The countless photos of these macaques that are available don't do justice to the beautiful surroundings in which they live. The 30 minute walk from the bus stop to the park itself is breathtaking in the snow, as is the ancient village of Kourakukan at the foot of the hill and the river that flows past the famous onsen. What the photos also don't capture is just how busy this remote part of Nagano can get. You will encounter dozens of serious photographers with cameras much bigger than your own, and they will stay (probably in your way) for as long as it takes to get the shots they desire, slightly ruining the magical atmosphere that exists pre-9am. The park opens at 9 during the winter and it is undoubtedly worth getting there to be first in the queue. Long before 10, the small area sectioned off to stand in is already crowded, and it begins to feel a lot like a zoo. If you go during these winter months, you'll probably be too cold to stay much longer anyway. My recommendation is to get there before it opens, take your photos while you can and observe the habits of these legendary macaques, before retreating back down the hill for a coffee at the excellent 'ENZA Cafe'. But before you go, make sure to observe the habits of another famous sub-species; humans with big cameras.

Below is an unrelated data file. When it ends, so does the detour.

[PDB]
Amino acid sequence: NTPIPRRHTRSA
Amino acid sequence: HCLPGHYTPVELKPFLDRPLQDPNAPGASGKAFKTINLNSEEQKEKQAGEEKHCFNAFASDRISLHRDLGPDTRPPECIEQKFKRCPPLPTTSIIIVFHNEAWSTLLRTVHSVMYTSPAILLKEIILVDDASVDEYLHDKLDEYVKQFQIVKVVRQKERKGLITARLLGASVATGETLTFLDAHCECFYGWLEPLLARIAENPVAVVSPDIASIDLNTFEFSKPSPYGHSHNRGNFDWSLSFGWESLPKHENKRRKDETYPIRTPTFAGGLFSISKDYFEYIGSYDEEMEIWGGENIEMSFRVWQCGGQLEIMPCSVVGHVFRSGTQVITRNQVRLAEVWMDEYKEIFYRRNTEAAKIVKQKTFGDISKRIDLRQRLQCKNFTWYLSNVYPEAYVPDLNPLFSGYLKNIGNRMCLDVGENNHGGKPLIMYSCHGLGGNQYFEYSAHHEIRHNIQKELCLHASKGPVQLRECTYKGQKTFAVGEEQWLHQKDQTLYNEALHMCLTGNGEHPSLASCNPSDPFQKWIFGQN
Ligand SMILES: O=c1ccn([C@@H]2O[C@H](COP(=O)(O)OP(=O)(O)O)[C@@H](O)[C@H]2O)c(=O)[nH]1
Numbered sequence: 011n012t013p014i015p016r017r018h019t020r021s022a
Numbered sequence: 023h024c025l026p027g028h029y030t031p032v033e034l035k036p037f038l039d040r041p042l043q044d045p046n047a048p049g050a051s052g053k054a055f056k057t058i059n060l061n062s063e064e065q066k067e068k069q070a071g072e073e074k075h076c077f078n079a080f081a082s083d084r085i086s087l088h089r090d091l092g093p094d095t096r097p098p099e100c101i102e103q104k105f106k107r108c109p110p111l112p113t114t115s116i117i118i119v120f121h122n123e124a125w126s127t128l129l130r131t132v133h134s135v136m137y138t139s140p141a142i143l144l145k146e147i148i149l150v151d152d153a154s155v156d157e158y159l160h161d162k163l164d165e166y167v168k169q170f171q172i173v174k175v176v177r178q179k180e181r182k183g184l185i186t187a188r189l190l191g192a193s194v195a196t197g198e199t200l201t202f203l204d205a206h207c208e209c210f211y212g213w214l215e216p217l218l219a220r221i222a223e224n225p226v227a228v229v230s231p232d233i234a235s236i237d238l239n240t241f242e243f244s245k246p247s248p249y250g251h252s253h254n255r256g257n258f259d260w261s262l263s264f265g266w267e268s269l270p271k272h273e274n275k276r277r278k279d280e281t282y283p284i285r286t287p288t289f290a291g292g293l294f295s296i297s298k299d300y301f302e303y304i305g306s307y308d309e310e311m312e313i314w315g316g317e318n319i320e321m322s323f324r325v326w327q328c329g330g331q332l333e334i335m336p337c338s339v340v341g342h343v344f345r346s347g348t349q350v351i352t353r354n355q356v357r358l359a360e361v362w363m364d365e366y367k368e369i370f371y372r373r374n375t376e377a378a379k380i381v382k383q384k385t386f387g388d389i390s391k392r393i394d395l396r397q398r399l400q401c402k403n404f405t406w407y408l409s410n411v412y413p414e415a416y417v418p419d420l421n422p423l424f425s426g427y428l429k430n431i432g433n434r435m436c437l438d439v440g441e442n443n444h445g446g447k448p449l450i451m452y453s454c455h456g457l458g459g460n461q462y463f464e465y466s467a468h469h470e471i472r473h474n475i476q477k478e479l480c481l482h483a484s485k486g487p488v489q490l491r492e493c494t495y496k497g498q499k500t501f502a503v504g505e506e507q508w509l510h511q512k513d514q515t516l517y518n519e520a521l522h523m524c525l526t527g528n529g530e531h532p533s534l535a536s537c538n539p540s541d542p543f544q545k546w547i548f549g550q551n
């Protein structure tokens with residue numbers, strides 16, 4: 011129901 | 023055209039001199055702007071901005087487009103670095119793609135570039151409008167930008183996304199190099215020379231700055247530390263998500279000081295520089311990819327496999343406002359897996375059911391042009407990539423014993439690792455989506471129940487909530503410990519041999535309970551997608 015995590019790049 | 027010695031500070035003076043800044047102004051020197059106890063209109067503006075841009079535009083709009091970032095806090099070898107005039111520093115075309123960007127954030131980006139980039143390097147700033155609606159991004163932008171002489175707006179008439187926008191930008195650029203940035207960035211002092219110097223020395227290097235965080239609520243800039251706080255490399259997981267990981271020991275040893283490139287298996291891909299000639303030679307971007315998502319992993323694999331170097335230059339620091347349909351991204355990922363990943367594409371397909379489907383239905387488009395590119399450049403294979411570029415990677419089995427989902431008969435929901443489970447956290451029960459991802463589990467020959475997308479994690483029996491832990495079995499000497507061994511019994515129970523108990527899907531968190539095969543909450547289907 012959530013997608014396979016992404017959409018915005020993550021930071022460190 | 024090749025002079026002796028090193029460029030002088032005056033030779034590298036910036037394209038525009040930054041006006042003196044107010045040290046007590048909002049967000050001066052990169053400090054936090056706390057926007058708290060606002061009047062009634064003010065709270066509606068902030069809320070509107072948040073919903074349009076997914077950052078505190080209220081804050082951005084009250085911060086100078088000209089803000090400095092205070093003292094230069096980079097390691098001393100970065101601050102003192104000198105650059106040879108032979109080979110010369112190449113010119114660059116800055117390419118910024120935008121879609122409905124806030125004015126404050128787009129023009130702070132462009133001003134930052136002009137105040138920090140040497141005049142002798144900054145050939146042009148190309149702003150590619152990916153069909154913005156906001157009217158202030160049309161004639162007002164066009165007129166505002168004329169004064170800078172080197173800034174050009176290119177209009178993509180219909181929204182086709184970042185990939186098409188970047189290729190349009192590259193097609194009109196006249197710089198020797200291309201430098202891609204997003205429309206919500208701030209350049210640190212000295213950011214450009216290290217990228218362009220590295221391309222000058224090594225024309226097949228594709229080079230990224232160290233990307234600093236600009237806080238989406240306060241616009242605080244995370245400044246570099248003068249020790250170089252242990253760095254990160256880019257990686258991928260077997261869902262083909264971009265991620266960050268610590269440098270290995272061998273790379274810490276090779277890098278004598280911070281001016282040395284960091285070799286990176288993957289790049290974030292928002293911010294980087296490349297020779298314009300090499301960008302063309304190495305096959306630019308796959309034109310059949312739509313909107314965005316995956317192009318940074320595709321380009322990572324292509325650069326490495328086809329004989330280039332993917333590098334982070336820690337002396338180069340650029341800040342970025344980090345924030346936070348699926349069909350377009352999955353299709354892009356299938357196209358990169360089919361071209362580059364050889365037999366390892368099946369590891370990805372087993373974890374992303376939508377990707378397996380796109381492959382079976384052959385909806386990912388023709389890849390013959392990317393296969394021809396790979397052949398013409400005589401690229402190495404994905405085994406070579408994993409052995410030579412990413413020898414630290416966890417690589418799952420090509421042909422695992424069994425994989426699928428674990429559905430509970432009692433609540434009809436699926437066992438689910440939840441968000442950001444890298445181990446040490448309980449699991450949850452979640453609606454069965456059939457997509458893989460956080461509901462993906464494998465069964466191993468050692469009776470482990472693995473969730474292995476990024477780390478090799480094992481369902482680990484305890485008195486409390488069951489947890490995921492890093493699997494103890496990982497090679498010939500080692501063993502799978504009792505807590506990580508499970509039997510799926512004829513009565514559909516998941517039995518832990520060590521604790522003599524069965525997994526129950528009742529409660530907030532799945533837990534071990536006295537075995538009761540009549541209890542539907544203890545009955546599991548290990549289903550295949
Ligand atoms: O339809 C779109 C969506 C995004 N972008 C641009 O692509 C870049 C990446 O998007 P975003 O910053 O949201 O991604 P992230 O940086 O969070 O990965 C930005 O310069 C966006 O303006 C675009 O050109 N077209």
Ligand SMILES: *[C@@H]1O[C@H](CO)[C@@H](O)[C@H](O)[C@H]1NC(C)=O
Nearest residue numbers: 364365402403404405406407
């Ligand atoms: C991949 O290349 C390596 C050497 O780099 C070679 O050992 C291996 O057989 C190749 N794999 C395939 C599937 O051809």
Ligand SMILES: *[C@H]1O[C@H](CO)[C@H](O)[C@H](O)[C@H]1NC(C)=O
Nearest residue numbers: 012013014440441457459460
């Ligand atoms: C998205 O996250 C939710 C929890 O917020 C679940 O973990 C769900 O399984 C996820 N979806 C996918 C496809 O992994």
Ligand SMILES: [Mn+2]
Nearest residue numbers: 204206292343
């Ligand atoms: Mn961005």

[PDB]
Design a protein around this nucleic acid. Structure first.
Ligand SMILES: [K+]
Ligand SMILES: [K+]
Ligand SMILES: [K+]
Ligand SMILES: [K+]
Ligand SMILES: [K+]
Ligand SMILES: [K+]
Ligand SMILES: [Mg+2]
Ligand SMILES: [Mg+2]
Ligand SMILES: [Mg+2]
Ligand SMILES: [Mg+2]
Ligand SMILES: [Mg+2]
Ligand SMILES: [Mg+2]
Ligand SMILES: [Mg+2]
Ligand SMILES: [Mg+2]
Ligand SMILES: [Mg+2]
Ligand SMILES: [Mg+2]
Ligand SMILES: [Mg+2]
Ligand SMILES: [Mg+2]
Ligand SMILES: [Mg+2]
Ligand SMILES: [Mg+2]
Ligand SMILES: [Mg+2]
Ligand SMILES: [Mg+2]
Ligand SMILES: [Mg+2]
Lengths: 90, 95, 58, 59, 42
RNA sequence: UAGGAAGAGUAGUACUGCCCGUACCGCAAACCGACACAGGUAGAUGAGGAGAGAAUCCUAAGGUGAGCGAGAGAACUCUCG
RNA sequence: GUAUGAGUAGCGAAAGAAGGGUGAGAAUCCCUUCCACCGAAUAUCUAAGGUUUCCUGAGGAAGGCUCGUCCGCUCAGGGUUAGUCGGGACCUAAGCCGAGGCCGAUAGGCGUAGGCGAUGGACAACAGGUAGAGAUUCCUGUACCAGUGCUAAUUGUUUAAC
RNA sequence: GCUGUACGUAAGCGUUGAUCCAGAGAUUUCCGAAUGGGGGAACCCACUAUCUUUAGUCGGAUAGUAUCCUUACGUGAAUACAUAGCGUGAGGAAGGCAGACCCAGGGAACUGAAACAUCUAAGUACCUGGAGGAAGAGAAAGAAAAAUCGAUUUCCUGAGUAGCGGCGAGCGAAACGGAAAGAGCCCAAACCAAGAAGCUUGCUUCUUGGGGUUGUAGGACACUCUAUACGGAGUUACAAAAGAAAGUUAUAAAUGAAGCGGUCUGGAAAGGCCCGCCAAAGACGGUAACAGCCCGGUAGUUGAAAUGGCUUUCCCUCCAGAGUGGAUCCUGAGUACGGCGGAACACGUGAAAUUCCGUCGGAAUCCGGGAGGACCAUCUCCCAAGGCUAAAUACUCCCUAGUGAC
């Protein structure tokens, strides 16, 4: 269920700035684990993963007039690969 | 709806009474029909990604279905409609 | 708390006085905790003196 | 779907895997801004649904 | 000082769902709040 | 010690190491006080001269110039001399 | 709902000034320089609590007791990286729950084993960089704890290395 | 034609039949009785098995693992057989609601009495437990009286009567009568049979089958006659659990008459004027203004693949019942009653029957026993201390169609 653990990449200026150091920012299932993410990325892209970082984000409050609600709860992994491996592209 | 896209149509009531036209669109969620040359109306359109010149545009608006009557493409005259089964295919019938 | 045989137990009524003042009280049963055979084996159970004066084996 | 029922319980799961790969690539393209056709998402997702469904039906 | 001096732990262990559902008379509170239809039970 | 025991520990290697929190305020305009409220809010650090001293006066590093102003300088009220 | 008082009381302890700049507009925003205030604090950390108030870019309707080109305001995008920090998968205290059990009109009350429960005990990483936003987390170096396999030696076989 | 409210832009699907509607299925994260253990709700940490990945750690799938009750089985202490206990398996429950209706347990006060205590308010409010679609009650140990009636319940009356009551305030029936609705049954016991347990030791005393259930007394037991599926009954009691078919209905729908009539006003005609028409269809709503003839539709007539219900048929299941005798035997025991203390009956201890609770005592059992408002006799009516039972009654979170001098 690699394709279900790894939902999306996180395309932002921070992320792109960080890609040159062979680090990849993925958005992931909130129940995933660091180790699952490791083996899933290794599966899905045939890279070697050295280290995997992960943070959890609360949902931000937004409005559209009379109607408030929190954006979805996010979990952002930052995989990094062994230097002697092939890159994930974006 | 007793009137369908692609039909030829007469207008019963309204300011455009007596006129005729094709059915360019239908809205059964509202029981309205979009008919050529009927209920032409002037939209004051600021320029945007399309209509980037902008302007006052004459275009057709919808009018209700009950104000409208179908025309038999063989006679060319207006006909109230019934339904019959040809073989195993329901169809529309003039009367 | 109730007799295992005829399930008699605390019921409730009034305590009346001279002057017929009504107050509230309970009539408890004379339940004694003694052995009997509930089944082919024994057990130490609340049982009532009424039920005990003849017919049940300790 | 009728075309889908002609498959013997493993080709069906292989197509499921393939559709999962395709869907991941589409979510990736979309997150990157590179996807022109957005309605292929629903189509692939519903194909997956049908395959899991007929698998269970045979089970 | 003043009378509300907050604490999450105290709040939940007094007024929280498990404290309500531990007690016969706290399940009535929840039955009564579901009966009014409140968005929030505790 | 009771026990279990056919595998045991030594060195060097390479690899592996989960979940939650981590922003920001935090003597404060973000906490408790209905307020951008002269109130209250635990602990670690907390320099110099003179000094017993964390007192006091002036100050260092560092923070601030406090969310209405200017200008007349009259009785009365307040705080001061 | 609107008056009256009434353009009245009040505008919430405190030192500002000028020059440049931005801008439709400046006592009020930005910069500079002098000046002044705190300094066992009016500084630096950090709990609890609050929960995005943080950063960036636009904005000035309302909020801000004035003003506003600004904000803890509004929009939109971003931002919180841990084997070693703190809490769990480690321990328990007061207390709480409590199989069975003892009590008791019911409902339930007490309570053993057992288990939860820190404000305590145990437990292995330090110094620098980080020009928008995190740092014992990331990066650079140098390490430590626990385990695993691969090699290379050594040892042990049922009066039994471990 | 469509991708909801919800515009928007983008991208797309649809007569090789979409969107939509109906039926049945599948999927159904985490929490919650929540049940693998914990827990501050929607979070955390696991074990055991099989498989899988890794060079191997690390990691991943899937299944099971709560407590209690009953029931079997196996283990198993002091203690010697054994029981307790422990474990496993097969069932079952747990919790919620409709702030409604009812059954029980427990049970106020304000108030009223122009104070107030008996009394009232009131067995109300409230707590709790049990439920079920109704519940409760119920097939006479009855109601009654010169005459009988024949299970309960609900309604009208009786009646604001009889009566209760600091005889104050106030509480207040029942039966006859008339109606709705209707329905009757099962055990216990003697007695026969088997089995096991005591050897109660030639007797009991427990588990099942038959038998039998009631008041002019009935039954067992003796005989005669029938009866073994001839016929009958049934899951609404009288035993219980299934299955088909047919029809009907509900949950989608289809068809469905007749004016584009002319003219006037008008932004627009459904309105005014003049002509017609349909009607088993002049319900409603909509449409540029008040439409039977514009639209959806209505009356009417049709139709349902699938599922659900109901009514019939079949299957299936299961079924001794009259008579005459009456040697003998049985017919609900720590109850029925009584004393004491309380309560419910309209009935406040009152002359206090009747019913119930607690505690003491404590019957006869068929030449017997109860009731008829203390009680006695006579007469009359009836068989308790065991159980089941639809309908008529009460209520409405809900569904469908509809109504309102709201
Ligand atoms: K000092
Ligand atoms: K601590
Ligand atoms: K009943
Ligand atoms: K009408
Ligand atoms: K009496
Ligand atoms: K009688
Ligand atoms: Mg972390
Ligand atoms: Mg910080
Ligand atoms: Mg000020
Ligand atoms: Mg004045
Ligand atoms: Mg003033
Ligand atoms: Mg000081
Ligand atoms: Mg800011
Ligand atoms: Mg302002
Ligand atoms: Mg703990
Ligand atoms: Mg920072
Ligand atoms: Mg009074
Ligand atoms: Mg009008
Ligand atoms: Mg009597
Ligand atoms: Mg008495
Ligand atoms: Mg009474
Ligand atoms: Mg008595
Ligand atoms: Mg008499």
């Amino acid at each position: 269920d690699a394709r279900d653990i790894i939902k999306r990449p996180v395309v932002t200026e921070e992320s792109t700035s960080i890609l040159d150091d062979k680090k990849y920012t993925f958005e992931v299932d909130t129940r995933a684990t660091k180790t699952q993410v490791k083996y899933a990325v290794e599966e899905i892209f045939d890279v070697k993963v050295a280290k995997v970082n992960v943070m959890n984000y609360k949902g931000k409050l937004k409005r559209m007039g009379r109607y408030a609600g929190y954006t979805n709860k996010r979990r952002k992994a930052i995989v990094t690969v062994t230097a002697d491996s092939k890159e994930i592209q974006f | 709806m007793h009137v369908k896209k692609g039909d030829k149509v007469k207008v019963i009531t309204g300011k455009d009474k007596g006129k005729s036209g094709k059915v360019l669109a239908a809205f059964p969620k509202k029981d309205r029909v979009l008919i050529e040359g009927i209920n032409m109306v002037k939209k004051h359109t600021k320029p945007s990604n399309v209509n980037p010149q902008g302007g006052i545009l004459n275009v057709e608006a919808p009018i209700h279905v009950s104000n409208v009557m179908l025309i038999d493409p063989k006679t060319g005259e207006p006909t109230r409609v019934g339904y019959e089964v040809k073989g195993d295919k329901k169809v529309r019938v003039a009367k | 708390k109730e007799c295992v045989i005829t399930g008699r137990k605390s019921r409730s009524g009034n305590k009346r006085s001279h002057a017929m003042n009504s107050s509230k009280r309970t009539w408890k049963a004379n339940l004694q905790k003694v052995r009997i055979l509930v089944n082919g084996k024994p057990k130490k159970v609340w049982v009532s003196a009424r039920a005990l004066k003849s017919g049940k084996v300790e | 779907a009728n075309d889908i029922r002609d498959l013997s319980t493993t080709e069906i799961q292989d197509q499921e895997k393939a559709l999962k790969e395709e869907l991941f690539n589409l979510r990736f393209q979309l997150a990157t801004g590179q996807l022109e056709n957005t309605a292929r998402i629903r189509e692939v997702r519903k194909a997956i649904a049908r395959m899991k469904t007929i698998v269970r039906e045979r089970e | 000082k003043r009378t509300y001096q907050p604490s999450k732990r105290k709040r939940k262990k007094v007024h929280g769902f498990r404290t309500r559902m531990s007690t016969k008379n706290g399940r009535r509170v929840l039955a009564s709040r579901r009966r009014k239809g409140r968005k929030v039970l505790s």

To access the Jigokudani Monkey Park from Tokyo is relatively tricky. Once in Nagano you can buy the '1 day Monkey Pass' for ¥ 2900, which covers return travel and entry. This allows you to take either an express bus direct to the park, or a train to Yudanaka Station, at the end of the line, followed by another bus. However, to get before the crowds you will need to take the train; but it does offer much better views of the area and is a very enjoyable hour or so.
To get to Nagano itself is slightly easier, but this is the expensive and deal-breaking part for many. With no hostels in the area, only Ryokans, many will opt for an early Shinkansen there and back in the same day. This will still set you back around 6,000 and you'll still need your 'Monkey Pass' and any other expenditures on top; a lot of money to pay when you may only spend an hour or so viewing the macaques. The solution? As always in Japan; the night-bus. Leaving from Shinjuku just after midnight and arriving at 5am, a Willer Express return ticket (coming back same day) will cost 3800. You may not get the best night's sleep but it does mean you won't be worrying about your money when a tall bloke with a big camera inevitably blocks your view...